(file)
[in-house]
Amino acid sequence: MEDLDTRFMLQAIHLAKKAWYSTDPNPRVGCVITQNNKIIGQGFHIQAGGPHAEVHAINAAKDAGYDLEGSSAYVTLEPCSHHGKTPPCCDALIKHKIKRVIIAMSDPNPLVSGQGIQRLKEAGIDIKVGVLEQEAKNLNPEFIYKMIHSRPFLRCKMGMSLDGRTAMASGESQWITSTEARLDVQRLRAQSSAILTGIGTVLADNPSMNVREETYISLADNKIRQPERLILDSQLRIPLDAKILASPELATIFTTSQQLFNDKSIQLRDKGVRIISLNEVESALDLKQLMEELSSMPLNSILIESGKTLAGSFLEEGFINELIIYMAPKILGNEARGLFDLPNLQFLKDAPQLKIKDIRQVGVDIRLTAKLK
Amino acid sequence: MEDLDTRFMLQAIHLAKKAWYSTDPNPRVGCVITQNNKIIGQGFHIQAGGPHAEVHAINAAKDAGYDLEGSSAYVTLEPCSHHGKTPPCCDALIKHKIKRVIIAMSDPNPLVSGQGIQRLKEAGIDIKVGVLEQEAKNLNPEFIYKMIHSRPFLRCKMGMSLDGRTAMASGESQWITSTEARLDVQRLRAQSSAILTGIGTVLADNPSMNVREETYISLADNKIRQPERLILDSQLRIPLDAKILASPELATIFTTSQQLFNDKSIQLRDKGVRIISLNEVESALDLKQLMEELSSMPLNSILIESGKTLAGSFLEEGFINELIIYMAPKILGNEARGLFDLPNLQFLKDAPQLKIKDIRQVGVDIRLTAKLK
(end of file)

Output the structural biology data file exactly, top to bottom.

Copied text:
[in-house]
Amino acid sequence: MEDLDTRFMLQAIHLAKKAWYSTDPNPRVGCVITQNNKIIGQGFHIQAGGPHAEVHAINAAKDAGYDLEGSSAYVTLEPCSHHGKTPPCCDALIKHKIKRVIIAMSDPNPLVSGQGIQRLKEAGIDIKVGVLEQEAKNLNPEFIYKMIHSRPFLRCKMGMSLDGRTAMASGESQWITSTEARLDVQRLRAQSSAILTGIGTVLADNPSMNVREETYISLADNKIRQPERLILDSQLRIPLDAKILASPELATIFTTSQQLFNDKSIQLRDKGVRIISLNEVESALDLKQLMEELSSMPLNSILIESGKTLAGSFLEEGFINELIIYMAPKILGNEARGLFDLPNLQFLKDAPQLKIKDIRQVGVDIRLTAKLK
Amino acid sequence: MEDLDTRFMLQAIHLAKKAWYSTDPNPRVGCVITQNNKIIGQGFHIQAGGPHAEVHAINAAKDAGYDLEGSSAYVTLEPCSHHGKTPPCCDALIKHKIKRVIIAMSDPNPLVSGQGIQRLKEAGIDIKVGVLEQEAKNLNPEFIYKMIHSRPFLRCKMGMSLDGRTAMASGESQWITSTEARLDVQRLRAQSSAILTGIGTVLADNPSMNVREETYISLADNKIRQPERLILDSQLRIPLDAKILASPELATIFTTSQQLFNDKSIQLRDKGVRIISLNEVESALDLKQLMEELSSMPLNSILIESGKTLAGSFLEEGFINELIIYMAPKILGNEARGLFDLPNLQFLKDAPQLKIKDIRQVGVDIRLTAKLK